The fire department said Zeke is being treated for his injuries and is expected to be OK.
The Freehold Truth and Light Baptist newspaperFeatured editorials, letters to the GODLY Pastors of Landover, local news, advise columns.
Why Ride a Bicycle When You Can Drive a Car –
11-21-2019, 01:18 AM
Sometimes I marvel at the stupidity of Europeans. They are Godless, but also brainless.
Take the City of Copenhagen. It is packed with bicycles. There is even bicycle congestion.
I do not want to see adults riding bicycles in Freehold. We are a city of practical people who don’t waste our precious time poking along on sweaty bicycles.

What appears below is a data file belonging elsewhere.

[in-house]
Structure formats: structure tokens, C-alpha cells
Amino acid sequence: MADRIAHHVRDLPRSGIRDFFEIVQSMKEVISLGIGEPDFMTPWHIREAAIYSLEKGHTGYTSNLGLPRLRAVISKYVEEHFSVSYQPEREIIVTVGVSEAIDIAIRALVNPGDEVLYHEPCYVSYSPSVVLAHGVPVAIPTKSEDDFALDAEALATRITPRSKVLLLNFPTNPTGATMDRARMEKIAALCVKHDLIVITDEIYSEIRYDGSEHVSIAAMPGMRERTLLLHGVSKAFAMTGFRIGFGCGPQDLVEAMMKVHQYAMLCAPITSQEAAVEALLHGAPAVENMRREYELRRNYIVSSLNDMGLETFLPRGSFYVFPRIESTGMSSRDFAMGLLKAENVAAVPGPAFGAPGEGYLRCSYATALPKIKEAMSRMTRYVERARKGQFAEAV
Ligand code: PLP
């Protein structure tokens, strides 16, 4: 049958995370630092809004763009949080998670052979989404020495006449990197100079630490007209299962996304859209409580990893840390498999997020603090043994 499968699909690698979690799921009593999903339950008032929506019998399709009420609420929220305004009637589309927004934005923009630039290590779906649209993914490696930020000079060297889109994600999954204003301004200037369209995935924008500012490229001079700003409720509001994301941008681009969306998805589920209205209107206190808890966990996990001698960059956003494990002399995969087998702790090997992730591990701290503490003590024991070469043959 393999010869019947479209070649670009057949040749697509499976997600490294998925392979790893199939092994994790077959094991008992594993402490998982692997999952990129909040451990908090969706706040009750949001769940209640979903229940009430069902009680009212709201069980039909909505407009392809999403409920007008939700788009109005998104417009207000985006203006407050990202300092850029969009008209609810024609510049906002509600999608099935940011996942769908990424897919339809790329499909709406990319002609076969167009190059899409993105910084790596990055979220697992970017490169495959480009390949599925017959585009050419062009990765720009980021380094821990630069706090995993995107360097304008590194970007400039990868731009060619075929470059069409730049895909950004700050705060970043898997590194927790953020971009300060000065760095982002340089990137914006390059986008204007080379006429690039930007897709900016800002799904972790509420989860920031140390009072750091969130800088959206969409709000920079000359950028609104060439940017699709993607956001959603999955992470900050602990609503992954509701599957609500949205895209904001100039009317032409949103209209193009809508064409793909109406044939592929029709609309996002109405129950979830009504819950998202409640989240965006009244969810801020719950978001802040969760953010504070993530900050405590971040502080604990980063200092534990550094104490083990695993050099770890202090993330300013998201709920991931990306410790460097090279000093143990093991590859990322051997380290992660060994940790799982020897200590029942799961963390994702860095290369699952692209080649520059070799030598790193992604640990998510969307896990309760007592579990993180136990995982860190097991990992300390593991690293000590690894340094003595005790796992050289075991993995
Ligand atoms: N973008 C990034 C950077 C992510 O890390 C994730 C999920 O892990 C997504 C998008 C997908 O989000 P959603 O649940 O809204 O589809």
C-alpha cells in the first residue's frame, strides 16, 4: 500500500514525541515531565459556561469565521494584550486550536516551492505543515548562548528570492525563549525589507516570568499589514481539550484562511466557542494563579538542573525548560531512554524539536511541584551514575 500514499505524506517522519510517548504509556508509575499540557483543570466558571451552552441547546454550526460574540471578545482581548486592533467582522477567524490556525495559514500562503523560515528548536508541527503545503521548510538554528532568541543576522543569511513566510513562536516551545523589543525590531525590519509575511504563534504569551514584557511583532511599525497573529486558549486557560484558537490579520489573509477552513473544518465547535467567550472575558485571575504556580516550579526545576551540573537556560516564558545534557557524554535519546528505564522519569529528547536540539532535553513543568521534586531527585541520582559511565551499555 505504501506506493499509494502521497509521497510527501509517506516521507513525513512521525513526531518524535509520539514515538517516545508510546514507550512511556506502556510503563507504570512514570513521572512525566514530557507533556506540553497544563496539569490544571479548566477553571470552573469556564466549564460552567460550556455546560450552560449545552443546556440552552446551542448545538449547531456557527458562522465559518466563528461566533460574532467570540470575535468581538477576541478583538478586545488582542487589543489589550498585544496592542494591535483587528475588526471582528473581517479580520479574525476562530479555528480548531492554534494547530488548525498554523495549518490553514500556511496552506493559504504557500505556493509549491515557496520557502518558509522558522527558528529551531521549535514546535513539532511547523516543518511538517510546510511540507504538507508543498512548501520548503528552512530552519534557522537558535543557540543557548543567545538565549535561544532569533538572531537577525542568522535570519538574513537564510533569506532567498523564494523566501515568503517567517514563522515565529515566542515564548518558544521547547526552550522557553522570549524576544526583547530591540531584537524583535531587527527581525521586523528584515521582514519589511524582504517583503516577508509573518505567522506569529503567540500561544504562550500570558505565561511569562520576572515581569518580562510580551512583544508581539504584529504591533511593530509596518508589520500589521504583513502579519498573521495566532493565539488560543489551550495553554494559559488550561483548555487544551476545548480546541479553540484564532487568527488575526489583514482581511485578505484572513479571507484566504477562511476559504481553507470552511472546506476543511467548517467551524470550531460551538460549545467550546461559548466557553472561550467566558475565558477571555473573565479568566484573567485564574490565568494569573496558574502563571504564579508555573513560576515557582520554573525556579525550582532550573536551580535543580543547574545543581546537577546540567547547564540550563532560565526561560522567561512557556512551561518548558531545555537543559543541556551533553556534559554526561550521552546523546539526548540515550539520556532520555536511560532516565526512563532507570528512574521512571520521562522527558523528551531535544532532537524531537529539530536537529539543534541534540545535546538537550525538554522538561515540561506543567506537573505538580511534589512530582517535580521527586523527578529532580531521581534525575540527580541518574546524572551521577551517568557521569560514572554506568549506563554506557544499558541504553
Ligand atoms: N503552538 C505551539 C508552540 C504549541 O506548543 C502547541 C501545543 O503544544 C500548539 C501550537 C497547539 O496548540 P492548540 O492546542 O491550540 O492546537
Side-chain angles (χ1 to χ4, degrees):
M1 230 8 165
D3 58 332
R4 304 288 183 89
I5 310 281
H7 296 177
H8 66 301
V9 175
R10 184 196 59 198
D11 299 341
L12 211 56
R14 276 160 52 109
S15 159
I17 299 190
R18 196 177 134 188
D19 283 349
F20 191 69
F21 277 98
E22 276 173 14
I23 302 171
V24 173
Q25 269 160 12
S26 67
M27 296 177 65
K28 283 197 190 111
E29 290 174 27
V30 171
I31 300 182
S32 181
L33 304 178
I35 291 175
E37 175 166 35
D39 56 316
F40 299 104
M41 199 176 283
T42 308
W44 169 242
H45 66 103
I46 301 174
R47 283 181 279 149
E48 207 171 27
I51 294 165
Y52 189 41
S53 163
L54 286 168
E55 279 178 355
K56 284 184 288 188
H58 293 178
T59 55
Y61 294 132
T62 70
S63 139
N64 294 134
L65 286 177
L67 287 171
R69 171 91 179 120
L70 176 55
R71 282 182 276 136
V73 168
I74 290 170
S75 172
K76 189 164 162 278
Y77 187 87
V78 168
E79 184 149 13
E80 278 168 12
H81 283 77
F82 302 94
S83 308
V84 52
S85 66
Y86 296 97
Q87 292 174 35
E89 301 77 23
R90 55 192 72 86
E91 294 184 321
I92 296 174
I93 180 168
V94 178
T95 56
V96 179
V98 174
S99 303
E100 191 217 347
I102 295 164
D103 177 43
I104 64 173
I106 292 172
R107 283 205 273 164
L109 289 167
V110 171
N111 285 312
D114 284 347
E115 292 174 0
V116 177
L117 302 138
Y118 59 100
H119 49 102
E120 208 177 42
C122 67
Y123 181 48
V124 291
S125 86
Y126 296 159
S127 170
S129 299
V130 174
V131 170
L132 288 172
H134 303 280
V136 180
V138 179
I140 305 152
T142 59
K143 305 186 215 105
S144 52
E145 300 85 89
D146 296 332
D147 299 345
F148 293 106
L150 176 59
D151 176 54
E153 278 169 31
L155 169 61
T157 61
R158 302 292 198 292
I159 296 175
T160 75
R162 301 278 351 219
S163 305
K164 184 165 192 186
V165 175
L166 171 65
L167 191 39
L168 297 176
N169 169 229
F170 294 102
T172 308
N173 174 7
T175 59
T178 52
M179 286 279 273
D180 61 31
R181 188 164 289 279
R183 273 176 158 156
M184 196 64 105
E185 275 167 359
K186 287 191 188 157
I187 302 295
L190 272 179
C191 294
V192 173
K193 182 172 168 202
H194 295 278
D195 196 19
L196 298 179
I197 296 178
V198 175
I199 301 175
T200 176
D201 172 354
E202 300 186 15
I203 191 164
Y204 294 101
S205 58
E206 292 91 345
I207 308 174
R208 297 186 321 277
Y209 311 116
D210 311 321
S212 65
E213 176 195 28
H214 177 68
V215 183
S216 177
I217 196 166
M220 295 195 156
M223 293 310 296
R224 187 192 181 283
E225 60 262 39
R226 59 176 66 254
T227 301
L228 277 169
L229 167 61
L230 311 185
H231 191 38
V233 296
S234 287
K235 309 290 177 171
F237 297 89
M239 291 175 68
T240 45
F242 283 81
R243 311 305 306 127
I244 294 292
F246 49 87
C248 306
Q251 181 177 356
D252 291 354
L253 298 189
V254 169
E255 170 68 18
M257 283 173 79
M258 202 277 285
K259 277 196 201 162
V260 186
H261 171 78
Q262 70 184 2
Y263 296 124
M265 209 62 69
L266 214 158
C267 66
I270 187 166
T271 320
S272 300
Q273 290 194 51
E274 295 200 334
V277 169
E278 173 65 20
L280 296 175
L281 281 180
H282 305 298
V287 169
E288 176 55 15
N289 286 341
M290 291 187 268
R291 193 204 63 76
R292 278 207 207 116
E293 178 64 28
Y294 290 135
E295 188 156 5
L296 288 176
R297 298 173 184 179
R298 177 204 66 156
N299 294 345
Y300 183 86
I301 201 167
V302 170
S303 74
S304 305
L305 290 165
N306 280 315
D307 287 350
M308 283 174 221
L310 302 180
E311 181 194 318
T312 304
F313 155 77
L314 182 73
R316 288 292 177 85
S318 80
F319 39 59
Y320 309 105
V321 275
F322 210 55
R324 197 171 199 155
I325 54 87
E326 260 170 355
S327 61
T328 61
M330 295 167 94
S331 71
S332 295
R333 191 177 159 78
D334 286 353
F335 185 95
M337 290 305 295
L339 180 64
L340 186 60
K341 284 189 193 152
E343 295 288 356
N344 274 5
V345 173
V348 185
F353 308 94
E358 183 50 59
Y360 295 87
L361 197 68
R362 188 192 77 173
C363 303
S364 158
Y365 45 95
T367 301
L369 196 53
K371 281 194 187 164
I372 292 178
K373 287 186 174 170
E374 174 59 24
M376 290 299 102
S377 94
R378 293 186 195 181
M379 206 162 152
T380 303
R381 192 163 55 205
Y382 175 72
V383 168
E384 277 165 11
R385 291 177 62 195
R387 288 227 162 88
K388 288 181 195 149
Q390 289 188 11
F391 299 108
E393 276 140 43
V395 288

Isaiah 24:1-3 Behold, the LORD maketh the earth empty (2)…as the taker of usury, so with the giver of usury to him. (3) The land shall be utterly emptied, and utterly spoiled: for the LORD hath spoken his word.
Re: Why Ride a Bicycle When You Can Drive a Car –
11-21-2019, 03:31 AM
Your average vegan tree hugger avocado toast eating LIEberal hipsters are the main proponents of this bicycle riding craze, and I’ve done some calculations to show just what idiots they are:
31,000 calories = 1 gallon of gas = $2.50
31,000 calories of avocado toast = $117.80
If that werent enough, keep in mind all the water it takes to grow the wheat and avocados, the fertilizer (made from fossil fuels), diesel trucks and trains for transporting them, the energy it takes to bake the bread and make the toast. Sure gasoline emits CO2, but so do humans – in addition to methane (farts).
This makes Freehold, Iowa probably the most sane place on earth (and Jesus would agree).
1 slice of avocado toast = 200 calories ($0.76 each)